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Sanford, Maine
—  Town  —

Location of town of Sanford in map of Maine
Coordinates: 43°26′2″N 70°45′51″W / 43.43389°N 70.76417°W / 43.43389; -70.76417Coordinates: 43°26′2″N 70°45′51″W / 43.43389°N 70.76417°W / 43.43389; -70.76417
Country United States
State Maine
County York
Settled 1739
Incorporated February 27, 1768
 - Type Town Meeting / Town Council
 - Town Manager Mark Green
 - Town Council Joseph Hanslip, Chair, Anne-Marie Mastricio, Maura Herily, Bradford Littlefield, Kevin Chabot, Gordon Paul, Alan Walsh
 - Total 48.7 sq mi (126.2 km2)
 - Land 47.8 sq mi (123.8 km2)
 - Water 0.9 sq mi (2.4 km2)
Elevation 262 ft (80 m)
Population (2000)
 - Total 20,806
 Density 435.3/sq mi (168.1/km2)
Time zone Eastern (EST) (UTC-5)
 - Summer (DST) EDT (UTC-4)
ZIP code 04073
Area code(s) 207
FIPS code 23-65760
GNIS feature ID 0582712

Sanford is a town in York County, Maine, United States. The population was 20,806 in the 2000 census, the highest of the York County towns, and the 8th largest in the state[1]. Situated on the Mousam River, Sanford includes the village of Springvale. The town features many lakes in wooded areas which attract campers.

Sanford is part of the PortlandSouth PortlandBiddeford, Maine Metropolitan Statistical Area.



View of Sanford c. 1912

Sanford is in the western portion of a tract of land purchased in 1661 from Abenaki Chief Fluellin by Major William Phillips, an owner of mills in Saco. First called Phillipstown, it was willed in 1696 by Mrs. Phillips to her former husband's son, Peleg Sanford. Settlement was delayed, however, during the French and Indian Wars. Incited by New France, Indian warriors from Norridgewock attacked English settlements, including nearby Wells in 1703. Then in 1724, Norridgewock was itself raided and destroyed by a Massachusetts militia. Subsequently, the region became less dangerous, and Sanford was settled in 1739. Incorporated a town in 1768, it was named after Peleg Sanford. Until 1794, Alfred was the town's North Parish.

The Mousam River provided water power for industry. In 1745, Captain David Morrison built a sawmill above Springvale. Following the Civil War, Sanford developed into a textile manufacturing center, connected to markets by the Portland and Rochester Railroad. Factories were built at both Springvale and Sanford villages. Products included cotton and woolen goods, carpets, shoes and lumber.

In 1867, British-born Thomas Goodall established Goodall Mills at Sanford, after selling another mill in 1865 at Troy, New Hampshire which made woolen blankets contoured to fit horses. His factory beside the Mousam River first manufactured carriage robes and blankets. It would expand to make mohair plush for upholstering railroad seats, carpets, draperies, auto fabrics, military uniform fabric and Palm Beach fabric for summer suits. The company's textiles were known for brilliant and fast colors, and found buyers worldwide. From 1880 to 1910, the mill town's population swelled from 2,700 to over 9,000, some living in houses built by the company and sold to workers at cost. In 1914, the Goodall family built Goodall Park, a 784 seat roofed stadium, now a treasured historic site. They also helped build the library, town hall, hospital, airport and golf club. A bronze statue was erected in 1917 to the memory of Thomas Goodall by the citizens of Sanford.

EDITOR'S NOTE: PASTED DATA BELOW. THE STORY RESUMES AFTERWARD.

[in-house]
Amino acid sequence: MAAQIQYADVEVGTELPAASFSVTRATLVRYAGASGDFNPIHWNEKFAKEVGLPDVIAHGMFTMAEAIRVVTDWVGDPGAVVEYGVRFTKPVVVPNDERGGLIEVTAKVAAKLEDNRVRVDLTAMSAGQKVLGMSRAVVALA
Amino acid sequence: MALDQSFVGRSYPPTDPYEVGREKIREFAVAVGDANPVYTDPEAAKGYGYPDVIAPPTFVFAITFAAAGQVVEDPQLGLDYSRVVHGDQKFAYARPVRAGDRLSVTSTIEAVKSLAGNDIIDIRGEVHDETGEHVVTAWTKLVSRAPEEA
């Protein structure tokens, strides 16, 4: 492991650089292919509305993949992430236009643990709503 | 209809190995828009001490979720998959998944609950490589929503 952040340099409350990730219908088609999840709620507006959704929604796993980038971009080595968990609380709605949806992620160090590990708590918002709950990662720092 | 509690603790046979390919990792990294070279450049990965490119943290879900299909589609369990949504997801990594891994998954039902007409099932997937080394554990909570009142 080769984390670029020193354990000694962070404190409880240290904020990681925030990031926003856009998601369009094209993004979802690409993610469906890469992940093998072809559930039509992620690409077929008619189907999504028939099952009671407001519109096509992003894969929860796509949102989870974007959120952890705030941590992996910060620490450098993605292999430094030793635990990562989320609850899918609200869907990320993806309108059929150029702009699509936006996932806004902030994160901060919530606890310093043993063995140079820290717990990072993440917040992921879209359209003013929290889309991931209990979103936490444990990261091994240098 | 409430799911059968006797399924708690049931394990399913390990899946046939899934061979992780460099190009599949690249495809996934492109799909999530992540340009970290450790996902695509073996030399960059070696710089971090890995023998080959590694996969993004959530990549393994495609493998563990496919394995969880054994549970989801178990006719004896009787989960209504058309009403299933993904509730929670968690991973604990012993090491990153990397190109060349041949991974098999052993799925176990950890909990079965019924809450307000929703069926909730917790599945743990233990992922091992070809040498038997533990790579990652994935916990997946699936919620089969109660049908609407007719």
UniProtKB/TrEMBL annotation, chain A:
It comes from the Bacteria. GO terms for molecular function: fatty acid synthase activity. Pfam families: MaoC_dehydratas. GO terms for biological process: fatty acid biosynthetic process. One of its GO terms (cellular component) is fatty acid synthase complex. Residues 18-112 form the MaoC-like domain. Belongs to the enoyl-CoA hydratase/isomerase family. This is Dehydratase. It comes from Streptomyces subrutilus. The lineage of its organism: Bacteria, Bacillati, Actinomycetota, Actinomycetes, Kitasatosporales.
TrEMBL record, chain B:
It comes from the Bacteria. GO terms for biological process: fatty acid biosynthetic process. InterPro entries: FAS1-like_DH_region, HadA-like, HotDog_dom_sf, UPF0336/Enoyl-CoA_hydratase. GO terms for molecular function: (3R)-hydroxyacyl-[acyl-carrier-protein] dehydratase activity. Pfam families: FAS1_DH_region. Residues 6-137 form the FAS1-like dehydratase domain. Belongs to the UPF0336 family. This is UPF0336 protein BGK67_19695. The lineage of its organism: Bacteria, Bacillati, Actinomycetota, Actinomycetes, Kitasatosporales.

In 1954, Burlington Mills, then the nation's largest textile firm, bought Sanford Mills. After moving the looms to its Southern plants, Burlington closed Sanford Mills—leaving 3,600 unemployed and 2,000,000 square feet (190,000 m2) of empty mills. Local business owners began traveling the northeast, convincing new employers to move to the area. Life Magazine would call Sanford "the town that refused to die." It now has diversified industries, including the manufacture of aircraft parts. In the 1960s, the federal government offered money for urban renewal to rehabilitate aging or blighted districts. Consequently, more than thirty Sanford structures were razed. In Springvale, three of four corners were leveled. Fortunately, fine architectural examples from the prosperous mill era survived.

Sanford was the home of Belle Ashton Leavitt, the third woman attorney admitted to the Maine Bar Association. Leavitt was admitted to the Bar in 1900.[2] Leavitt operated in partnership with attorney Fred J. Allen, her brother-in-law (Allen was married to Belle's sister Ida Leavitt), and member of the Maine Legislature.[3]

The town gained national notoriety in 1984, when 12-year-old Gycelle Cote was strangled by Scott Waterhouse, then 18. Rumors of Satan worship surrounded the case, and some of Waterhouse's personal belonings were deemed to be occult in nature. These included a copy of Satanic Bible and a notebook carrying satanic poetry. The furor culminated in several tabloid stories and at least one headline referring to the town as "Terrortown!".[citation needed]

The town gained national notoriety again on November 9, 2009,when the Amber Alert system was used for the first time when 2 year old Haley Traynham was abducted by her father.

In 2003, a proposal to build a $650 million casino in South Sanford was rejected by Maine voters. The 362-acre (1.46 km2) development, ostensibly owned by the Penobscot and Passamaquoddy nations, would have encompassed 4,000 slot machines, 180 gaming tables, a hotel, a 60,000-square-foot (5,600 m2) convention center and an 18 hole golf course. Proponents argued that it would add 4,700 permanent jobs and 25% of revenue would be directed to the state. Detractors predicted higher crime, traffic and an erosion of Maine's quality of life.[citation needed]